At least some of those comments referencing a reader’s opinion on a sub-heading seems relevant. The non-readers, however, leave a comment without a clue. It’s like they landed on the page, or came to it, only to be looking elsewhere.
Should I be glad for the non-readers who still take the time to comment? I am not sure if glad is the right emotion for me. I shake my head and wonder as I visualize someone scrolling through an article without reading it only to leave a comment.
#4. The Interested and Informed Comments
These readers leave comments referencing the article and comment on:
- How it appealed to them
- How it was valuable for them
- What specific information was helpful
- What emotional response did they have to the post
These comments give me an idea of the relevance of my articles.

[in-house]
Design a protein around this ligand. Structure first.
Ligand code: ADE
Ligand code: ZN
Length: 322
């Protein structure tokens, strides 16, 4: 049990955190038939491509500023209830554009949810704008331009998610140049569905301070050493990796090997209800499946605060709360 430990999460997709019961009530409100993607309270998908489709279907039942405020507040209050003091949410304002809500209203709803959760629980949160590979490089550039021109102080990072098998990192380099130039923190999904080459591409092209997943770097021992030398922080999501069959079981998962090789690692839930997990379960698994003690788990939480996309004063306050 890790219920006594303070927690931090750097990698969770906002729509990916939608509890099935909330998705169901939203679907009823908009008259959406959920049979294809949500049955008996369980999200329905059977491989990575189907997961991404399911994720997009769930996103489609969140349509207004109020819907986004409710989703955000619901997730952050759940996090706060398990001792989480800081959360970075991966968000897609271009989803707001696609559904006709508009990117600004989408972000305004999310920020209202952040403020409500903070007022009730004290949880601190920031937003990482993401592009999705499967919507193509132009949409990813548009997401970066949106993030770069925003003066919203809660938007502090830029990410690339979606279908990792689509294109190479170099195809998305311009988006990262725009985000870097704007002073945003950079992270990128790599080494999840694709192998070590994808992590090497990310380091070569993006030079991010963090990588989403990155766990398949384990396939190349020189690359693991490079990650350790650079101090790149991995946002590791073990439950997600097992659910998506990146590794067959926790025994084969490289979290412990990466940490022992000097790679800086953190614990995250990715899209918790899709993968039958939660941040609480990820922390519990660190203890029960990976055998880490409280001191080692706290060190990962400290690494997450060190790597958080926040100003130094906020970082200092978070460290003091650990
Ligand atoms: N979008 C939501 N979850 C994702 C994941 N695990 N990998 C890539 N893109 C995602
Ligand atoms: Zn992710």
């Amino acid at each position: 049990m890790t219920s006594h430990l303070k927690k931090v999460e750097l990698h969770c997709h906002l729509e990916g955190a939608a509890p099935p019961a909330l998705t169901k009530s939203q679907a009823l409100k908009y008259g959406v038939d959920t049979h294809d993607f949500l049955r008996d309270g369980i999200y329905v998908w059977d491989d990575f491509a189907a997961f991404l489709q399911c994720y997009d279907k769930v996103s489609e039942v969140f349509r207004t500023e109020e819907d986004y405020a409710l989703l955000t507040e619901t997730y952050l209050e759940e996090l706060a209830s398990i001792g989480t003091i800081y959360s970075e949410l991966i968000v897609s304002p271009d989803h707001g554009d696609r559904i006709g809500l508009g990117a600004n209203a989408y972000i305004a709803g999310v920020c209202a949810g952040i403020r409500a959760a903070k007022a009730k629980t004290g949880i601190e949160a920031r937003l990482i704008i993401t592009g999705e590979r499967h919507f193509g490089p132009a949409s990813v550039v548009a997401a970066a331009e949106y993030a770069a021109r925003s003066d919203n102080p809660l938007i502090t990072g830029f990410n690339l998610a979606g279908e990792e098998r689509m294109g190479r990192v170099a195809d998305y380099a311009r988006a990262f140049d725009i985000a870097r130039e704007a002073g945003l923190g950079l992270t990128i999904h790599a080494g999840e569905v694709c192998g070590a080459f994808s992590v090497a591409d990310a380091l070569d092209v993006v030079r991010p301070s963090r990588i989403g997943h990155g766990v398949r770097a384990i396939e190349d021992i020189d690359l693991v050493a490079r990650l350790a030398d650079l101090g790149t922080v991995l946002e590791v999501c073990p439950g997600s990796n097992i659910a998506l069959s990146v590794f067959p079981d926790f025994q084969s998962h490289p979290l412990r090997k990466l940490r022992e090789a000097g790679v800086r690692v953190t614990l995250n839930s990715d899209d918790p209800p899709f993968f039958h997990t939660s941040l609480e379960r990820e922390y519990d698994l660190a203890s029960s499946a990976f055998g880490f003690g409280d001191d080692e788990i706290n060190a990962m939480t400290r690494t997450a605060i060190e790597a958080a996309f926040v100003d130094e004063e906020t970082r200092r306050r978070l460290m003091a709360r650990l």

Sometimes, I am uncertain which keywords or labels to use for my articlesto attract the right reader. If I’ve been writing about the craft of writing, is that article a tip, a guide, or just my personal experience?
Sometimes, I wonder if the information gives a new perspective or is mine simply mimicking one from another writer, like minds and all.
I value those. I get a sense of what else a reader might like to have me write about, expanding on the original idea from these types of comments.
# 5. The “I’m Bigger, Badder, and Better than You” Comments
Every online writer, including myself, is visited by the end-all, be-all, bigger than life, know-it-all writer of the millennium.
The first time I got a poem denigrating my article, it bruised my ego. Conflicted about just deleting it, I thought I was somewhat thin-skinned.
In my experience, deleting these unnecessary, unflattering, unavoidable diatribes just fuels and entices the individual to come back and, once again, tell me how much more accomplished they are. I probably only deleted the original comment out of jealousy.